Istanbul

İnci Furni, Where Is Eros?, 2016, watercolor on paper, 19 × 24 3/4". From the eight-part suite Where Is Eros, 2015.

İnci Furni, Where Is Eros?, 2016, watercolor on paper, 19 × 24 3/4". From the eight-part suite Where Is Eros, 2015.

İnci Furni

Öktem&Aykut

İnci Furni, Where Is Eros?, 2016, watercolor on paper, 19 × 24 3/4". From the eight-part suite Where Is Eros, 2015.

At a time when an identity politics allegedly upholding cultural diversity (as explored in the special “Art + Identity” summer issue of this magazine) has arguably contributed to deeper conflicts on an international scale, as reflected in anti-immigrant sentiment in Europe and the United States, the Brexit vote in Britain, and religiously inspired terrorism worldwide, the need to focus on local sensibilities and hybrid cultural heritages becomes more pressing than ever. In her latest show, “Where Is Eros? Vol. 3,” Furni did just that by taking everyday forms and routines and finding unexpected humor in them by way of cultural images that have both universal and very specific regional connotations. It’s perhaps not insignificant that the exhibition took place in an old building not far from the Galata Tower (1348) on one side and Neve Shalom Synagogue (1951) on the other, as well as near several mosques, in one of the hubs of Istanbul where urban development is rushing ahead at full speed.

The exhibition was mainly of watercolors, among them a suite of eight titled Where Is Eros?, 2015. Its repeated leitmotiv is a specific type of service tray for tea or coffee, a round plate held by a single hanger, or handle—like a birdcage, but with wider spaces between the bars. Such trays are common objects throughout the Near East, and are often used in crowded, noisy coffeehouses that are microcosms of the humming, buzzing city around them. Furni treats this almost archetypal form as a small stage, a scene of action: In one, Pan is being attacked by angry little Cupids, or vice versa; in another, Cupid is sitting next to prayer beads (again a very common archeological object in this geography, as is a rosary) and a sculpture of a generic male Greek head; in another, a flirtatious Eros holds the tea tray, serving luscious fruit. The whole series evokes common emotions and experiences familiar to all.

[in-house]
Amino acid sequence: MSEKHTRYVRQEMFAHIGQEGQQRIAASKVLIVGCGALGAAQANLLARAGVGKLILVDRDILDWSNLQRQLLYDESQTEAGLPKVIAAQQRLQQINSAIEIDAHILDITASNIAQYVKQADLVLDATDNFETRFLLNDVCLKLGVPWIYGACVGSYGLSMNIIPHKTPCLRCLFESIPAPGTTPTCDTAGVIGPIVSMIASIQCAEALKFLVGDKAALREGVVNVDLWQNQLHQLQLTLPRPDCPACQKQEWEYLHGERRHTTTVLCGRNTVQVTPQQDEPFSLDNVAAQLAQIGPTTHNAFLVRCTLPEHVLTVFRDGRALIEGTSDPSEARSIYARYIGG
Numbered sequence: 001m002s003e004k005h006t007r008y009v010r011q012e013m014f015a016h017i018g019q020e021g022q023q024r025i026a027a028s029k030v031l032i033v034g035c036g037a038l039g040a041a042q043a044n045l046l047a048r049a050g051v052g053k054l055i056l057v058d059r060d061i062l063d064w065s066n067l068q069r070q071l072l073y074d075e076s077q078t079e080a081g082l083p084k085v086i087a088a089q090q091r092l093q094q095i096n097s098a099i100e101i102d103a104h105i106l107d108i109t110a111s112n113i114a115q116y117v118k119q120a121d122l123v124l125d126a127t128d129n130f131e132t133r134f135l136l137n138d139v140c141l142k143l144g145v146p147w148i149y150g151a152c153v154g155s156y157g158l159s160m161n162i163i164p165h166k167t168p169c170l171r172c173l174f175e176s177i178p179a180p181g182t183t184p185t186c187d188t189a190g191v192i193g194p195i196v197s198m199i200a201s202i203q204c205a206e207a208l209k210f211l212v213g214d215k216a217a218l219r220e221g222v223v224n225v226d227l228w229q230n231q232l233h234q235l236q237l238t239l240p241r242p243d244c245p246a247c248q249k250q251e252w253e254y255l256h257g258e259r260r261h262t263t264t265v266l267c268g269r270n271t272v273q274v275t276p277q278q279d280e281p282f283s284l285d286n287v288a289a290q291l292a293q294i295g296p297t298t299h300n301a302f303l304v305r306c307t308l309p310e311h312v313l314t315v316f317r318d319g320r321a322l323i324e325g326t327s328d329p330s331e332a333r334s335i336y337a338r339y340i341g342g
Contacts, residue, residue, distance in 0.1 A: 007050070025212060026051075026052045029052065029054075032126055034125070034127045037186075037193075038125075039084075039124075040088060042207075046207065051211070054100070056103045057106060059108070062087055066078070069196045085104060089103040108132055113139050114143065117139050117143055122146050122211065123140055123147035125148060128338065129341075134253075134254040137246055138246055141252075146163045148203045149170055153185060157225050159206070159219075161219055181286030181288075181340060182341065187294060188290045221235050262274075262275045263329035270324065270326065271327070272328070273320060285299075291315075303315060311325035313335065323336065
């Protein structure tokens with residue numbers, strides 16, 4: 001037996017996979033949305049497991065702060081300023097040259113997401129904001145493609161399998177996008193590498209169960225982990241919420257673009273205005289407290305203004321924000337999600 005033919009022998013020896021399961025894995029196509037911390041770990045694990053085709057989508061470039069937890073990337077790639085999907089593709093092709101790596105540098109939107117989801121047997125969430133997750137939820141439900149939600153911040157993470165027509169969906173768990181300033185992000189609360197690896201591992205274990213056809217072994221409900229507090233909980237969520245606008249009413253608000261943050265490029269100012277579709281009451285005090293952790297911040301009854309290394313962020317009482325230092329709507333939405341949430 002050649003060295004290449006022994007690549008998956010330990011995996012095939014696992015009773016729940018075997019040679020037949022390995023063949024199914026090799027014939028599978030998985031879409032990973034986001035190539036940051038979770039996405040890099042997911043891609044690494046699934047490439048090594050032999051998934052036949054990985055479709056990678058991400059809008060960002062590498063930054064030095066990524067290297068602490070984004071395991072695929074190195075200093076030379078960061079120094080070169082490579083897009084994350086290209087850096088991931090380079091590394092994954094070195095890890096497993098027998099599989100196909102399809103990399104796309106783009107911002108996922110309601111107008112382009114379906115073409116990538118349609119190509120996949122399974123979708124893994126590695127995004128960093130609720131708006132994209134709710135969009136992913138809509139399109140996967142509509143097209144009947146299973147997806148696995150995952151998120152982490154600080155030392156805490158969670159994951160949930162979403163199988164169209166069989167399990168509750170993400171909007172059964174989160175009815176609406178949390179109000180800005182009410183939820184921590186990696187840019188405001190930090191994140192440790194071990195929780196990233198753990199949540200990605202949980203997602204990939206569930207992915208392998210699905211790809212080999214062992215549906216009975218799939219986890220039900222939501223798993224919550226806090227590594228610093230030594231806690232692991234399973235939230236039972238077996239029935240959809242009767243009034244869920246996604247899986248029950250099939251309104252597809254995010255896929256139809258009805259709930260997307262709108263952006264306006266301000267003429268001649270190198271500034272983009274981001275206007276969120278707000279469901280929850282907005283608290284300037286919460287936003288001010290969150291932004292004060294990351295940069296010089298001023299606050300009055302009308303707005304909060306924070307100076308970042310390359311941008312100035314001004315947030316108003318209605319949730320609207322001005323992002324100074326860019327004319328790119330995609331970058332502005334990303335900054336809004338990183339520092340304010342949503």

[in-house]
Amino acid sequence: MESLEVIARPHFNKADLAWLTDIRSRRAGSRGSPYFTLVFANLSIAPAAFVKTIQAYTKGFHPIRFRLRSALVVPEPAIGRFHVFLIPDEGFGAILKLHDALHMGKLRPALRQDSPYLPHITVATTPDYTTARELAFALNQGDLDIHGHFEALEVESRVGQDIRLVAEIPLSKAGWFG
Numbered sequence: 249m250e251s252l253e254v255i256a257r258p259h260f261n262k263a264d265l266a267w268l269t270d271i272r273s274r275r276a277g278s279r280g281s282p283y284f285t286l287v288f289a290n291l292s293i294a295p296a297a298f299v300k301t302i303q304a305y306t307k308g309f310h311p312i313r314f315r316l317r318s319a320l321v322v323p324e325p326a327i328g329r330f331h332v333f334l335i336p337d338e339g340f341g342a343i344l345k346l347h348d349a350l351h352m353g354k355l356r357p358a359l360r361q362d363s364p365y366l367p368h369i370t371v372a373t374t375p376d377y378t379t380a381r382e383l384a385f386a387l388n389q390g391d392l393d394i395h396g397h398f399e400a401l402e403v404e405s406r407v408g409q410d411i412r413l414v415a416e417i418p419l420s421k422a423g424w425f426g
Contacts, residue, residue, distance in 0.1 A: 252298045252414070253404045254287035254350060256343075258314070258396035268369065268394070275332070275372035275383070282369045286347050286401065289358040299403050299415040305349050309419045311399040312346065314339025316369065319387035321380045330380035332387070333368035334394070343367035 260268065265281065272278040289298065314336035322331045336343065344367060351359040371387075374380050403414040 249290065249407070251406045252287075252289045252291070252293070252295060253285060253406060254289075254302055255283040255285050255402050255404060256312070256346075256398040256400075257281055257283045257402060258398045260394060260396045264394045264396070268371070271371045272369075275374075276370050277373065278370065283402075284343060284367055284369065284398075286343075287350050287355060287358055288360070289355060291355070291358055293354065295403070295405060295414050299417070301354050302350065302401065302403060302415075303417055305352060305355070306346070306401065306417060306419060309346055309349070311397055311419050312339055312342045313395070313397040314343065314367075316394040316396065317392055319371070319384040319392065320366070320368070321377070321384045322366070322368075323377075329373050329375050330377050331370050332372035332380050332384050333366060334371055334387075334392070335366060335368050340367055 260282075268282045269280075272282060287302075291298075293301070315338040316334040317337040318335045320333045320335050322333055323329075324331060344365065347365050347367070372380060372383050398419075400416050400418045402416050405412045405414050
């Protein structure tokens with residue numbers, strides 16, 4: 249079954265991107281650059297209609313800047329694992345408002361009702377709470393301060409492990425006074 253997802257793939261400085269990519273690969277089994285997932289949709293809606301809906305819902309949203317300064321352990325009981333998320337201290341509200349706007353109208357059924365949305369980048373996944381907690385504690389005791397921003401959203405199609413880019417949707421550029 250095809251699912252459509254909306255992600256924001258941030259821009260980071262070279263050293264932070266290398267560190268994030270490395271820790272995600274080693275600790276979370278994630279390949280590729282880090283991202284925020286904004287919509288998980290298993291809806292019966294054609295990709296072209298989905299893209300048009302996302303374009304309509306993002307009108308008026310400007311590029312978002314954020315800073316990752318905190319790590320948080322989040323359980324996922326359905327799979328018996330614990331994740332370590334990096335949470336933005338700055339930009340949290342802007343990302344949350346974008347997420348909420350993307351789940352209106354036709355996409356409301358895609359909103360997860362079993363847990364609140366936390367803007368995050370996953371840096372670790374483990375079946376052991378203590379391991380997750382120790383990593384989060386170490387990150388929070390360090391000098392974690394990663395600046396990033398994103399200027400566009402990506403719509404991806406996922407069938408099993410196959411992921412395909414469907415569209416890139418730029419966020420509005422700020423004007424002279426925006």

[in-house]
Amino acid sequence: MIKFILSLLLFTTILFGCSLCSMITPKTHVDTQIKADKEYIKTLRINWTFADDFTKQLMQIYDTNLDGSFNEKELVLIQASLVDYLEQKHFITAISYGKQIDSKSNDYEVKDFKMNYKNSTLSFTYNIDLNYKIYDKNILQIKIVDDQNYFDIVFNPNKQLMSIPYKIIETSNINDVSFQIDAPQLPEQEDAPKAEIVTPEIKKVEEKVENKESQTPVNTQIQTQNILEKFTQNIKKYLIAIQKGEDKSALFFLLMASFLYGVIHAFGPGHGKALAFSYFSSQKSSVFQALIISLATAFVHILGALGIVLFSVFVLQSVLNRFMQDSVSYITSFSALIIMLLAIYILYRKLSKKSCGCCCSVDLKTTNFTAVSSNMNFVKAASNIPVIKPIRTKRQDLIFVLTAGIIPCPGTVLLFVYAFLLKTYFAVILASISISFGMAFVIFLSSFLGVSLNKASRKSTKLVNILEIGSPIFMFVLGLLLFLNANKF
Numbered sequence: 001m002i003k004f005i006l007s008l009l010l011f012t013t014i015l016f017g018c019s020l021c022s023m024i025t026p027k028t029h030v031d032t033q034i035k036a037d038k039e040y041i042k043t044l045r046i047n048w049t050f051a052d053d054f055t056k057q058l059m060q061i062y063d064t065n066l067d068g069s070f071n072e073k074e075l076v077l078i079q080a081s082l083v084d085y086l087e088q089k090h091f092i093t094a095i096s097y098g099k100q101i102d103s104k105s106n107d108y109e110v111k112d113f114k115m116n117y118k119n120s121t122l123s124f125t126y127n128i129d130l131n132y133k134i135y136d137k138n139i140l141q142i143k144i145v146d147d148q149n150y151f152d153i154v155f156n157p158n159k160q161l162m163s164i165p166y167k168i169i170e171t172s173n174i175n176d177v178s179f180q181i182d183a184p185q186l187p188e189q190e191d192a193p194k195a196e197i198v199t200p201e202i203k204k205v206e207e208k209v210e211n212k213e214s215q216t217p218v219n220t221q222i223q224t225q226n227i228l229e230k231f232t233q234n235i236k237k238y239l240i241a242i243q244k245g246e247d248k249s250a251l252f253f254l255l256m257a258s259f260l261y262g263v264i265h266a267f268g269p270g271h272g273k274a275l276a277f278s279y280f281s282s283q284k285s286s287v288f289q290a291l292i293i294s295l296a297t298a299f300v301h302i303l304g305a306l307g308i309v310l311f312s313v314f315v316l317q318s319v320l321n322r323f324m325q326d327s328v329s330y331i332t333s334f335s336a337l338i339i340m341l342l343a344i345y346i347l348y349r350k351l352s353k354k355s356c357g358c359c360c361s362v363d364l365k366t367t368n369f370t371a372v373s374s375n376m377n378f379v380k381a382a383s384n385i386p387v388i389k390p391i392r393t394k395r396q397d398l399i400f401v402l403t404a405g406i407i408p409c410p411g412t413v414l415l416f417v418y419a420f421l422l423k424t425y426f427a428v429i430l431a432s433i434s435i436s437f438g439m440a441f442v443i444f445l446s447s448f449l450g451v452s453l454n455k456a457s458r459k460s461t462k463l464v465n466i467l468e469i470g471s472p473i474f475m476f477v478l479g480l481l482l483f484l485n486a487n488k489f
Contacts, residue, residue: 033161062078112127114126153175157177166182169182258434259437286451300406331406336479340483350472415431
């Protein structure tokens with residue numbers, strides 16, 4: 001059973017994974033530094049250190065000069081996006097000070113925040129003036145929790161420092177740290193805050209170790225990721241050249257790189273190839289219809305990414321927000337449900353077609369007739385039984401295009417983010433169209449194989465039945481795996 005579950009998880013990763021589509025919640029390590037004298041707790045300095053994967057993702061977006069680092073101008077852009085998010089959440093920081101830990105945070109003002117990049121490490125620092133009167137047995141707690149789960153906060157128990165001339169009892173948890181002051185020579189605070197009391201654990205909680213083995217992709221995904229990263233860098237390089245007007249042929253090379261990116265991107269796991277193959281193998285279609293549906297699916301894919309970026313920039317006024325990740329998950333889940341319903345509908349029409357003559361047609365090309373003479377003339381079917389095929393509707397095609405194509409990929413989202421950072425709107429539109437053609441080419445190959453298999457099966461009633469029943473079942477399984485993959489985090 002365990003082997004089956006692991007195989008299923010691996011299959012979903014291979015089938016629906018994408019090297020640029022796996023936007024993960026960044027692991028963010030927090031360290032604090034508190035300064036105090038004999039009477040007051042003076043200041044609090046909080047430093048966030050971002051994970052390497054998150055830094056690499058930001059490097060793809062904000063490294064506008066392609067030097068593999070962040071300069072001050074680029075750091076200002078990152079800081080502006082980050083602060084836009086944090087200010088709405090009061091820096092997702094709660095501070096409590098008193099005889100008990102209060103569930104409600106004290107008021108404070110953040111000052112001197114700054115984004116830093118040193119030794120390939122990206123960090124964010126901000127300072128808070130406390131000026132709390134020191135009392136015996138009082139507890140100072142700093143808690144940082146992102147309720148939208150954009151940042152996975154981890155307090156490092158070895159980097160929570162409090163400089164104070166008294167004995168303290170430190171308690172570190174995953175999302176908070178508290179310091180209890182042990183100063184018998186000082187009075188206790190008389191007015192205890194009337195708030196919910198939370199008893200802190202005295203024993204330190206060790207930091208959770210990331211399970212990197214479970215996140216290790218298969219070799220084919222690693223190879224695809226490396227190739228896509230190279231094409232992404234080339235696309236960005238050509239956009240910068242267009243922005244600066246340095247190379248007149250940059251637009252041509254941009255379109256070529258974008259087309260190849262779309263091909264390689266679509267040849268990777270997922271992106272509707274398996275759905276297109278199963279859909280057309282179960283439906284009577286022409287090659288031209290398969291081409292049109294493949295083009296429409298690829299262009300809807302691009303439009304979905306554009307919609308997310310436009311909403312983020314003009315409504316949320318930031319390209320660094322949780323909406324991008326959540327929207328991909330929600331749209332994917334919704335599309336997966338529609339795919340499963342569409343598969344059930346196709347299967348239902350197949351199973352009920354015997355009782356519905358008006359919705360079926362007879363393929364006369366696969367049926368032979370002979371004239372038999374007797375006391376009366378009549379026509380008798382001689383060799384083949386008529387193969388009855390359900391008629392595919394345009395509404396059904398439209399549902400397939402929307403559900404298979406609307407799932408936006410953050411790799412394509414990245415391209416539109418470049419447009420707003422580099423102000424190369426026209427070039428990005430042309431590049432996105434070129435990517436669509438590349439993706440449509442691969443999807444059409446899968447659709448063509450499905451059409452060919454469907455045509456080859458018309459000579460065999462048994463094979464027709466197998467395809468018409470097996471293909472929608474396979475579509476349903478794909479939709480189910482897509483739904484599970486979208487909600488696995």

The second suite, Naked Sleep, 2016, consisted of four watercolor paintings showing a nude man sleeping on a couch or a hammock. It is both a response to the typically female reclining nude in the history of art and a depiction of sleep as a liminal state in which one is here and elsewhere, physically present but mentally absent. Also in the same room were two other watercolors, Street Sweepers 1, 2013, and Taksim Scroll, 2016, the latter alluding to a famous fifteenth-century Timurid dynasty pattern scroll known as the Topkapı Scroll. Finally, Furni placed two pieces of furniture in the middle room, one a readymade—a wooden stool much like those found on the sidewalk outside teahouses—and the other a large sculpture made of long, thin strips of wood; its geometric shapes and rounded edges, inspired by Art Nouveau furniture, reimagine the dividers used to separate men and women in mosques. In general, these barriers do not really prevent the worshipper from being aware of who he or she is separated from; Furni’s version lets communication flow freely—a metaphor for the way that all cultures are influenced by each other and hence all identities are multiple. Two watercolors, hung on either side of the divider and facing each other from a wall and a column, also communicated with the rest of the show: Scarf, 2015, depicting a face towel, and Tray Hanger, 2015, which again shows a tea tray, but empty this time. In asking “Where is Eros?,” Furni inquired whether we can find the love that will bind us all together. Her works are positioned at the threshold where politics fails to manipulate those who choose to remain naïve and mischievous.

Mine Haydaroglu